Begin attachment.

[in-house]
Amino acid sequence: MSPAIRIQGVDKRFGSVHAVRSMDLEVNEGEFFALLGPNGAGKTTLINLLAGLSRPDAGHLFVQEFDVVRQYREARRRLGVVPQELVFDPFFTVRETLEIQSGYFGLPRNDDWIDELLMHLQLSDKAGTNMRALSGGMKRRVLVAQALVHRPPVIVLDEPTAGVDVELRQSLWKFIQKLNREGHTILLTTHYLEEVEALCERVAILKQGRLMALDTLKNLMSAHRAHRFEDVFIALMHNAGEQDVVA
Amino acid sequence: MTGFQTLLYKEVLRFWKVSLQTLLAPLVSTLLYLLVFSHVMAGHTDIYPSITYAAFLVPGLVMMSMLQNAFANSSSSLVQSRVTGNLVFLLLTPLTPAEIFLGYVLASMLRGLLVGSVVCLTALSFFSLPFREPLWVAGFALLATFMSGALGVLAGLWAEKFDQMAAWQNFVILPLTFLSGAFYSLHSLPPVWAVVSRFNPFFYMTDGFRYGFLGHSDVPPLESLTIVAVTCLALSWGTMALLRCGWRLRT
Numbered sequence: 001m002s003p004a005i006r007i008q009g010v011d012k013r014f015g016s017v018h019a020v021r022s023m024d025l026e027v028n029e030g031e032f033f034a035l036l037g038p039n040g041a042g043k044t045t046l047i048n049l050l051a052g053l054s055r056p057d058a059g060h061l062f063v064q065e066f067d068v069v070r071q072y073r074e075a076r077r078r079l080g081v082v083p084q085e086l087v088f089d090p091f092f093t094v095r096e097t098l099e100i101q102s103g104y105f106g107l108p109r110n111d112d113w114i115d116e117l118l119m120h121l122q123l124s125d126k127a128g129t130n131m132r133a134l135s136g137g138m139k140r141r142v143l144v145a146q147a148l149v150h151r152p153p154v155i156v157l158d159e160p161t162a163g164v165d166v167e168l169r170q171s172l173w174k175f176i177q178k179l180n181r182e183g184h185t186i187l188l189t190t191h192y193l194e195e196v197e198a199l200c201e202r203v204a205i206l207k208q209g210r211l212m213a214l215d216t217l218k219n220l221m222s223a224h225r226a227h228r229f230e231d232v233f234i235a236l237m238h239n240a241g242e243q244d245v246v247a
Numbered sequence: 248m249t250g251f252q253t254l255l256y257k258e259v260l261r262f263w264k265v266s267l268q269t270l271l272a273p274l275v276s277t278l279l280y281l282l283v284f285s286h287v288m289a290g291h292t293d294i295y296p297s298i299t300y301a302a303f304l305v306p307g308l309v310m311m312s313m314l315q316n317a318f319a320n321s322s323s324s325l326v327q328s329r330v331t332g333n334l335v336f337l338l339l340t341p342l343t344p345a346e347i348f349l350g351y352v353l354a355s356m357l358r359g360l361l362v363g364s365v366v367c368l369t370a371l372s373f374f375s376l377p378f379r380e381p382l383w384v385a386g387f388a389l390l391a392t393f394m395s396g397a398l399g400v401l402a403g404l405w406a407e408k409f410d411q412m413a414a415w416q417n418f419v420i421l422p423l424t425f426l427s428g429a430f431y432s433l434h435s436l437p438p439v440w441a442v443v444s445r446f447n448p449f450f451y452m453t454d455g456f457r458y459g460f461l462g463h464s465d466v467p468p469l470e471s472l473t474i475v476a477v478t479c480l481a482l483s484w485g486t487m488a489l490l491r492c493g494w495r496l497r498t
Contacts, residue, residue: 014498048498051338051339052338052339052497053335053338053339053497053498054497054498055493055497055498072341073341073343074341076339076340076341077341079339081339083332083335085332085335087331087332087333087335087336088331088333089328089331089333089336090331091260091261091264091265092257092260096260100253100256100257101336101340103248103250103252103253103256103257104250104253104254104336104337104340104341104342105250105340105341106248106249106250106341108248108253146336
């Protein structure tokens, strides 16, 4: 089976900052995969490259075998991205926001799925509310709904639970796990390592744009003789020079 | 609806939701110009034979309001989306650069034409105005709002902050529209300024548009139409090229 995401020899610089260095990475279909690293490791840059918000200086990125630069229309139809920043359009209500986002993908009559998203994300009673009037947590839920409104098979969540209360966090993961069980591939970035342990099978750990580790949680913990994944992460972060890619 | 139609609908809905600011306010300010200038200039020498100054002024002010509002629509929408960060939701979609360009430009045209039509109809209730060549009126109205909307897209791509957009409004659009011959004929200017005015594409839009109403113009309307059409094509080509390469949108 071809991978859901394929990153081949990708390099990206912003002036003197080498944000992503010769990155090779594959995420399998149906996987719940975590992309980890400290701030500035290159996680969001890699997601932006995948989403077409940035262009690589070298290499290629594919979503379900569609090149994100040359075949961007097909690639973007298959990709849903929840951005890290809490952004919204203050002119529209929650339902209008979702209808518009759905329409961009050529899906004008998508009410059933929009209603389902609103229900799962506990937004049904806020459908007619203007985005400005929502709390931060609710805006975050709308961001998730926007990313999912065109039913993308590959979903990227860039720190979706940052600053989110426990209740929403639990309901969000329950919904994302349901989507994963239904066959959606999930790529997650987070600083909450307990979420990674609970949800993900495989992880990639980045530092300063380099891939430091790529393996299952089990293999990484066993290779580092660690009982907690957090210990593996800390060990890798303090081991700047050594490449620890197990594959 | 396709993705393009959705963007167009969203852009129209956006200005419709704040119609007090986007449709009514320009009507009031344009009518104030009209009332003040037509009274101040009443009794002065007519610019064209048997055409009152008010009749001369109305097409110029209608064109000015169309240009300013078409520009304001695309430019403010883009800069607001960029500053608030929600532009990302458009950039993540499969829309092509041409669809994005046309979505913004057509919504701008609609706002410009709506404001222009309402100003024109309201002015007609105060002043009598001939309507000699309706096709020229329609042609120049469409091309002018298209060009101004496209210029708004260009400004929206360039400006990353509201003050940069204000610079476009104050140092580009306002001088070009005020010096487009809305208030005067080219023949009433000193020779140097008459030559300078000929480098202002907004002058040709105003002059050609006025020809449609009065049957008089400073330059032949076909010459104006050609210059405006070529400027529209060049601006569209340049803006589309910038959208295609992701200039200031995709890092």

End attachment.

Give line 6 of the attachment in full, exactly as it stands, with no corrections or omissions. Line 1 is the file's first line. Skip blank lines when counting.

Contacts, residue, residue: 014498048498051338051339052338052339052497053335053338053339053497053498054497054498055493055497055498072341073341073343074341076339076340076341077341079339081339083332083335085332085335087331087332087333087335087336088331088333089328089331089333089336090331091260091261091264091265092257092260096260100253100256100257101336101340103248103250103252103253103256103257104250104253104254104336104337104340104341104342105250105340105341106248106249106250106341108248108253146336